I attended The Colorado College from 1981 to 1985. The small campus is located in Colorado Springs, CO, at the base of Pike's Peak. What sets CC apart from just about any other college is its "block plan," whereby students take a single course for 3.5 weeks, followed by 4.5 days of vacation (one "block"). There are nine blocks in one year. Since all the course material must be covered within the 3.5 week period, study is intense and immersive. It's not unusual to have only a couple of days to read a novel and write a paper on it. The class sizes are also quite small, averaging 15 students per class. During my junior and senior years I had several classes of five students or less, with two classes where I was the only student.

I considered approximately ten different majors before I finally settled on English, primarily because by the time I reached my senior year it was the easiest to complete. Ironically, I had little interest in studying English literature, which is what comprised most of the English courses. My interest lay in writing fiction. So I had a somewhat adversarial relationship with the English department. :-)

My greatest problem with finding a major that suited me was that I was interested in too many different fields: writing, art, acting, psychology, sociology, biology, anthropology, zoology, ecology, and more. I attempted to create my own major in evolution, since it is a topic that covers a broad spectrum of natural and social sciences. However, by that time I didn't have sufficient foundation courses to complete such a major by my senior year.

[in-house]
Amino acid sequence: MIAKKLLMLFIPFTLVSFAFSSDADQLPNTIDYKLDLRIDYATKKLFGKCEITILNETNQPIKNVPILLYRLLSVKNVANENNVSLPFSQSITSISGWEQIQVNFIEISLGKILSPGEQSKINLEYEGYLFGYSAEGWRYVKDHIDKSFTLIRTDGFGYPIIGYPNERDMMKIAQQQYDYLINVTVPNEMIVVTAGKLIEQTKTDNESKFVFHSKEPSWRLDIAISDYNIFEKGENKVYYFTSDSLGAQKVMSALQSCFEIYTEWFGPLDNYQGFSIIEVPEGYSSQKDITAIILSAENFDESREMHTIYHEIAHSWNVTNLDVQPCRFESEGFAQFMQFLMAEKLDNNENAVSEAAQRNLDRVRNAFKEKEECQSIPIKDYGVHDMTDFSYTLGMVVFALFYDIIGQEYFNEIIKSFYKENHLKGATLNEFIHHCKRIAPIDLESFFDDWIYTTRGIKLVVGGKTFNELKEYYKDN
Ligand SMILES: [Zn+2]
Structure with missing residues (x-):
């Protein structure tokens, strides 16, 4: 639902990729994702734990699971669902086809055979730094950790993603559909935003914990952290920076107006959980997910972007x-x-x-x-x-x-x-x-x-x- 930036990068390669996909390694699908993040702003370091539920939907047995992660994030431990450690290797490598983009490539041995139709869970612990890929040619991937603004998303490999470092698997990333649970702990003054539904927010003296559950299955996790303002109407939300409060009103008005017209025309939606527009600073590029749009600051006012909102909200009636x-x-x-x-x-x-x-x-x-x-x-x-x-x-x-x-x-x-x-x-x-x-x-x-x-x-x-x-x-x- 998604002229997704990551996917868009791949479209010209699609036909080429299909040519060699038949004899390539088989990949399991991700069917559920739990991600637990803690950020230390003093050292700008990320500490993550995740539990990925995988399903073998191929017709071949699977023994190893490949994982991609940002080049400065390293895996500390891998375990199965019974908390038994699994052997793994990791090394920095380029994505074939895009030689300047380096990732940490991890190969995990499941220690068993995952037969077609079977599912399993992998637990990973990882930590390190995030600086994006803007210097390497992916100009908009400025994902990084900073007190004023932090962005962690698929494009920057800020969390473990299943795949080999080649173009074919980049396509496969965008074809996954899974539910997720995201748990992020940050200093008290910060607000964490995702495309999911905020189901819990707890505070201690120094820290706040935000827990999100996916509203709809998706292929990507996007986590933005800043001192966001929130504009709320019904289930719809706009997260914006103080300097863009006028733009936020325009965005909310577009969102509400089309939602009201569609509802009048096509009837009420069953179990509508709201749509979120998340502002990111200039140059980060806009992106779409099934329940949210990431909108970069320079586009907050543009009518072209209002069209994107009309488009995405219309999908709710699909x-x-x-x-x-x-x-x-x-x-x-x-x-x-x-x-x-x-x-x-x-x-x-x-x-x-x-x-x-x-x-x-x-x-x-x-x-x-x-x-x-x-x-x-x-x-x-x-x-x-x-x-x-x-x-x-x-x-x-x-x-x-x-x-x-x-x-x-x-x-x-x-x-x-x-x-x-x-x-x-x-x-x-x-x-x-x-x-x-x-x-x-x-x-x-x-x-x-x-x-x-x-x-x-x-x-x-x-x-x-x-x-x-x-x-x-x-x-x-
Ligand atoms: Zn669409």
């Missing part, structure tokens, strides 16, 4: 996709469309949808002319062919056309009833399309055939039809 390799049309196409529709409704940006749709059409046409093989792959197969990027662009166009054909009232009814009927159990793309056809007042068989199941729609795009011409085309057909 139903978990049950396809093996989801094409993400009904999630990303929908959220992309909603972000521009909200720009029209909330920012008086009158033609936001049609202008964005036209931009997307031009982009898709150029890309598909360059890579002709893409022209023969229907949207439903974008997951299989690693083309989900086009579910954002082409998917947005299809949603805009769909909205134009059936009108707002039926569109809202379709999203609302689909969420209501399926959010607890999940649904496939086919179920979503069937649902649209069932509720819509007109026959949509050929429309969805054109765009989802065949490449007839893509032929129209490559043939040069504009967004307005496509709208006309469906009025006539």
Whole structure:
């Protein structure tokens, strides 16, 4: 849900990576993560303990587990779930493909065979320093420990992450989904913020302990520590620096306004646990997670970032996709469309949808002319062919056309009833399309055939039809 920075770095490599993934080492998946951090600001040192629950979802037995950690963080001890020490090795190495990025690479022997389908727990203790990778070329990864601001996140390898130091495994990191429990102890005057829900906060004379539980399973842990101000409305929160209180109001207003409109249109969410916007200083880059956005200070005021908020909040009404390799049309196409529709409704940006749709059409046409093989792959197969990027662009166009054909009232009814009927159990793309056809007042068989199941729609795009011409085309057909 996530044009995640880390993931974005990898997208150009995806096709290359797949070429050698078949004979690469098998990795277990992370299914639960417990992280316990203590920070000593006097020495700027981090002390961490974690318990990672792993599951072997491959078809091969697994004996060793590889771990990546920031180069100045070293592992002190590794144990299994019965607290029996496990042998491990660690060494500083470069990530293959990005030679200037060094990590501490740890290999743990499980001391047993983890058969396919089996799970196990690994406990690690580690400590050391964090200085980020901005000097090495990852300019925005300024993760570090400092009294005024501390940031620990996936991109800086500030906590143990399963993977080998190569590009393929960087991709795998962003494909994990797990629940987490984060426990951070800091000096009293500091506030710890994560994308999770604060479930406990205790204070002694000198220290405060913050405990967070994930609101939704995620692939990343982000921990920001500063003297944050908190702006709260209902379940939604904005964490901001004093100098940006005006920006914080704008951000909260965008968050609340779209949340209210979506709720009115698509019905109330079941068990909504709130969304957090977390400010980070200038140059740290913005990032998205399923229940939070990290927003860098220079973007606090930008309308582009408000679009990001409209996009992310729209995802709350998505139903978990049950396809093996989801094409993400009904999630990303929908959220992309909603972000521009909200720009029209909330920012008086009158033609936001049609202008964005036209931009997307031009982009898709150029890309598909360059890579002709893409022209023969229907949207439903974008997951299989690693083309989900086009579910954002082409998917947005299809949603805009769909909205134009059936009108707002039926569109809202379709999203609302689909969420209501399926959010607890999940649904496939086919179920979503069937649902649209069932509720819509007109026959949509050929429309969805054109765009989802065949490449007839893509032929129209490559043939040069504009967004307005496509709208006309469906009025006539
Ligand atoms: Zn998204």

Fortunately for me, just at that time the college instituted "thematic minors," one of which was called "evolution." It was exactly the sort of eclectic area of study I had been attempting to create. So I minored in evolution and took more courses in my minor than my major. I also excelled in my evolution courses and, despite my lack of interest in the literature requirements, I graduated in 1985 with an overall 3.4 GPA.

After college, I found deciding on a career equally as difficult as determining a major. To give myself time to think about what path I might like to take, and to experience something quite different, I joined the army. After the military, I was still uncertain what I wanted to do with my life, so I entered graduate school at Virginia Tech, in Blacksburg, VA. I began working toward a Master's in Science and Technology studies, but soon found it was not what quite what I was looking for.

I hadn't realistically expected my minor to be of any practical use in the job market. Ironically, it was precisely because I'd minored in evolution that I was accepted to become a naturalist guide in the Galapagos Islands. It was there that I began to realize that my strengths lay in teaching. I've since merged my talent for teaching with my computer knowledge to become a computer applications instructor.

Dawn Birk and me graduating college
(ignore the disturbing shirt).